Constructive Notes® - Missing links in the ‘Chain of Responsibility’, 4th edition

Government response to the risks posed by non-conforming building products continues across the various Australian jurisdictions, recently with more uniformity. The legislation and preliminary audit processes have been prompted primarily by two Australian incidents – the 2014 Lacrosse Tower cladding fire in Melbourne and the 2015 national recall of Infinity electrical cabling – and, more recently, the tragic Grenfell Tower fire in London in 2017.

Those events have reinforced the need to ensure that buildings are safe from the risk of the rapid spread of fire, with a particular focus on the installation of potentially combustible cladding products, whether during original construction or any later refurbishment. Government attention has fallen largely on the sale and use of Polyethylene core and Aluminium Composite Panelling, but other ‘non-conforming building products’ are also affected by additional obligations imposed on the industry.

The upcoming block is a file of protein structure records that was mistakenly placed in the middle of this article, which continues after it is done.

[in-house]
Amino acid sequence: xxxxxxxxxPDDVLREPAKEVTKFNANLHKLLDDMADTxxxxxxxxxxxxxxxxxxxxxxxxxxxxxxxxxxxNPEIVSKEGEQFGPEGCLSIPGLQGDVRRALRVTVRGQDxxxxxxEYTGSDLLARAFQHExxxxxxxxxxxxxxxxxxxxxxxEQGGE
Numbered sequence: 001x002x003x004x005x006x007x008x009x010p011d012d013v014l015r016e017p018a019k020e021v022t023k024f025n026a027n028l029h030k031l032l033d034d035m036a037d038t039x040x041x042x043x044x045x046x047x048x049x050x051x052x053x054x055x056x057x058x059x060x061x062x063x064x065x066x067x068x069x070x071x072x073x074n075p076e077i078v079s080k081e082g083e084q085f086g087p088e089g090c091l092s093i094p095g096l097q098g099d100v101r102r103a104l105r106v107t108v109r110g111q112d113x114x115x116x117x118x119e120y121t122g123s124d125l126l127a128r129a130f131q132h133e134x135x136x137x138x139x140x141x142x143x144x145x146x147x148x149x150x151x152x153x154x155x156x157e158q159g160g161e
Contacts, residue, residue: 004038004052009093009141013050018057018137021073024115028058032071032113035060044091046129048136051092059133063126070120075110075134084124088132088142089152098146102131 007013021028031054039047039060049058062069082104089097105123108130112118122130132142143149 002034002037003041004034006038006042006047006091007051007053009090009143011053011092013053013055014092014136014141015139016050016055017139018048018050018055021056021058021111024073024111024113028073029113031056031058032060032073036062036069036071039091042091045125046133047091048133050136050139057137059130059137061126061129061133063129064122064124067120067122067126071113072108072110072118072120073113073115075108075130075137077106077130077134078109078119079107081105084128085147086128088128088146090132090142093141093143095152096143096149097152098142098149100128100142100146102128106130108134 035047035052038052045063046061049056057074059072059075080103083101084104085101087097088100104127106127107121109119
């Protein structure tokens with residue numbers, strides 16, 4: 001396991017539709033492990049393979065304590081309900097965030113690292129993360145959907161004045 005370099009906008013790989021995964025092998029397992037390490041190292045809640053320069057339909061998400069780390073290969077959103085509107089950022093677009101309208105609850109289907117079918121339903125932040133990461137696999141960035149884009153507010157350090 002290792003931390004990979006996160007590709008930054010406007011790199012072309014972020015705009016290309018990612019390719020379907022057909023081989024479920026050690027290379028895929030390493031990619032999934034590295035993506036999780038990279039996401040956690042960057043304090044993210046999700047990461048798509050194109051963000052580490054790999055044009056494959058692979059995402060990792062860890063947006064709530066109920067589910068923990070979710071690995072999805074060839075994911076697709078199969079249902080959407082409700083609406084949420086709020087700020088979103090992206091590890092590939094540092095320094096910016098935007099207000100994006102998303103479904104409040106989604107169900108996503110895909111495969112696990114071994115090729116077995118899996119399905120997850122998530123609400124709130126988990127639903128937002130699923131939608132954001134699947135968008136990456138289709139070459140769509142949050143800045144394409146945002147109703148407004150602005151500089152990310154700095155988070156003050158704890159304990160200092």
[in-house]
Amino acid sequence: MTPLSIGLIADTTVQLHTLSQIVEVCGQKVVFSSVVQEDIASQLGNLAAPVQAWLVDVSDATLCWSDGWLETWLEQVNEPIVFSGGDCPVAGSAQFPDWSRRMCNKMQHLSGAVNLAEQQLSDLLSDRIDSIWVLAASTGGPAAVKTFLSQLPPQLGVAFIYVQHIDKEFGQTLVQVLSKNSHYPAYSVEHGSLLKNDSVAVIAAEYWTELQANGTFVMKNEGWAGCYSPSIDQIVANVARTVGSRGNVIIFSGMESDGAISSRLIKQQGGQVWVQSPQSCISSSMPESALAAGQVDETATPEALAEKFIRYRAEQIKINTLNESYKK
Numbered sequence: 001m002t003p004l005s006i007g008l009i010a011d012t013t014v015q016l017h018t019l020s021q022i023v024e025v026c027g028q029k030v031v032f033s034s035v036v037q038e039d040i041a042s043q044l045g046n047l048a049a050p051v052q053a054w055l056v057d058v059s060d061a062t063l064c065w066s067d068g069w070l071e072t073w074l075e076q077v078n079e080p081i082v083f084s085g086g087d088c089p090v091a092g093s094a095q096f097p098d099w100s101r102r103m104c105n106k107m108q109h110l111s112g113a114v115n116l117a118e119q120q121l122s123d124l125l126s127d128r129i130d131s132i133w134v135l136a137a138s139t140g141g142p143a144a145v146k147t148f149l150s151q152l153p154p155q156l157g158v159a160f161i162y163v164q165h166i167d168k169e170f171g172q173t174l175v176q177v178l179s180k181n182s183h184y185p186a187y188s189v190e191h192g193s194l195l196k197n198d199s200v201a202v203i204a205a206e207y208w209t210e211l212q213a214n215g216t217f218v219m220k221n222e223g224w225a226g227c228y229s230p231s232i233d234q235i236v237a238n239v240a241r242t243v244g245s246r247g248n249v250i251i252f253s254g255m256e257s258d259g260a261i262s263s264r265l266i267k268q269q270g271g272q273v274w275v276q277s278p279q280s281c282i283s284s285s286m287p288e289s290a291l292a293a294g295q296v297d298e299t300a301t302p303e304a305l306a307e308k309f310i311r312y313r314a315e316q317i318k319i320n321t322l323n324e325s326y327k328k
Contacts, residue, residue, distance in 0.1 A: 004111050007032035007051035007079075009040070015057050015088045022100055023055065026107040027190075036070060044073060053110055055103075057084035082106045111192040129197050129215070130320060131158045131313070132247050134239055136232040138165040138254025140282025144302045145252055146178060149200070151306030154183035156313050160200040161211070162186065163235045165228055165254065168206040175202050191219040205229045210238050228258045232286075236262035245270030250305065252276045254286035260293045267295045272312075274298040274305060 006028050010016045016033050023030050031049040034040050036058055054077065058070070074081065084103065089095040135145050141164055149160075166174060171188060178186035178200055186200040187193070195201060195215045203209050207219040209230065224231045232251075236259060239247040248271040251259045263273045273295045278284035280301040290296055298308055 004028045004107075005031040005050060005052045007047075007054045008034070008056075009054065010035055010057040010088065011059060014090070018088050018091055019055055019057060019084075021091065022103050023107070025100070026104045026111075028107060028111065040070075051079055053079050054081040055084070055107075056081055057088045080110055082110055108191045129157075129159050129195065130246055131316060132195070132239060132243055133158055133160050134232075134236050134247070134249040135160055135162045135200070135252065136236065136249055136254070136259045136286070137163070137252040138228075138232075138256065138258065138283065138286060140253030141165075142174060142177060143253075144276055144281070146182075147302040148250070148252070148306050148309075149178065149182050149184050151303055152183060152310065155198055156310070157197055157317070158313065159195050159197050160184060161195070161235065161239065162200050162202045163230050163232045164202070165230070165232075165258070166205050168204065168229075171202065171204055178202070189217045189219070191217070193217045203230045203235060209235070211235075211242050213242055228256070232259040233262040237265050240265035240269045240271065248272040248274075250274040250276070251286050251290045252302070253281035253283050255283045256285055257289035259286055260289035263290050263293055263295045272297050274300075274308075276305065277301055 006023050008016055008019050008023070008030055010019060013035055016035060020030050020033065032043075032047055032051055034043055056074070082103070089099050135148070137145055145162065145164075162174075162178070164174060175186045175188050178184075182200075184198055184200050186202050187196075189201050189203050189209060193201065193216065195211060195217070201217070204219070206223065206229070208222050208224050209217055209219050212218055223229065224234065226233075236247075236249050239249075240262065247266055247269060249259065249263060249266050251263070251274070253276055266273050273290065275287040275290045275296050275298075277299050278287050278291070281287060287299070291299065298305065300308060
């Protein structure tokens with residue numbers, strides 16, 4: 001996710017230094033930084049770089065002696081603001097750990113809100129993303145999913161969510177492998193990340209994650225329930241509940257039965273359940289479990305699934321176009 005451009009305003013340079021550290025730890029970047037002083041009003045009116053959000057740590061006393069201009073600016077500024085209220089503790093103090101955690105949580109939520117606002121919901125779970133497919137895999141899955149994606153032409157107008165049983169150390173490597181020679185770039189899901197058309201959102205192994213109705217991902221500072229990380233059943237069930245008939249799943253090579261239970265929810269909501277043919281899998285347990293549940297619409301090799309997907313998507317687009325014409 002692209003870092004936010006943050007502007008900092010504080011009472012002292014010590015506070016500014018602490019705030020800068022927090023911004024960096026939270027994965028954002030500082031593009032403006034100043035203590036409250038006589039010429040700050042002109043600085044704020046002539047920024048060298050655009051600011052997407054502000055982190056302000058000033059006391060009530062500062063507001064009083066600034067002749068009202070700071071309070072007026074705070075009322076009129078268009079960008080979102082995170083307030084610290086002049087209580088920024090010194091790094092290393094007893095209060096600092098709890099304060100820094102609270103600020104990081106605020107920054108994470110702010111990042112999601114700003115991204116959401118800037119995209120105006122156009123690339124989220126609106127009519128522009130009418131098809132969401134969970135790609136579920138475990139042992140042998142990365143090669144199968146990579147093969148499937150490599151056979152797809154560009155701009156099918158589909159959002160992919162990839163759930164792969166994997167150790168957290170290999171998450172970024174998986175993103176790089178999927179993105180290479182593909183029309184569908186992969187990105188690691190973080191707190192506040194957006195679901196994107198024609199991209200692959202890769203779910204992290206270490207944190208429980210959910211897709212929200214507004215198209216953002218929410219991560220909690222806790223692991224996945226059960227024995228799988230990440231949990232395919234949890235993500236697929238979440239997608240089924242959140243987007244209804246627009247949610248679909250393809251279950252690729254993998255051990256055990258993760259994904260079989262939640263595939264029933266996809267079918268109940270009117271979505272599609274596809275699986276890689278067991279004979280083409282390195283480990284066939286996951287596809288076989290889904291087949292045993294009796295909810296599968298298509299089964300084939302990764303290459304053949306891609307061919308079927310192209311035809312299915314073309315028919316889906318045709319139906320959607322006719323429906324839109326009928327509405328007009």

A number of States have imposed blanket bans on all ACP products with a PE core greater than 30 per cent, with broader product regulation still varying significantly between the different jurisdictions.

Since 2018, the risks posed by PE-ACP cladding have caused significant tightening in the Australian professional indemnity insurance market, with substantial increases in premiums and excesses, reduced policy limits and growing difficulty for building industry professionals in obtaining exclusion-free cover. The threat posed to the local construction industry and property market has drawn an urgent, albeit temporary response from a number of Australian States.

Recent announcements by Commonwealth and State building Ministers do however suggest that comprehensive, and largely consistent reform is expected to be implemented across Australia within three years.

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Carter Newell Lawyers
August 2019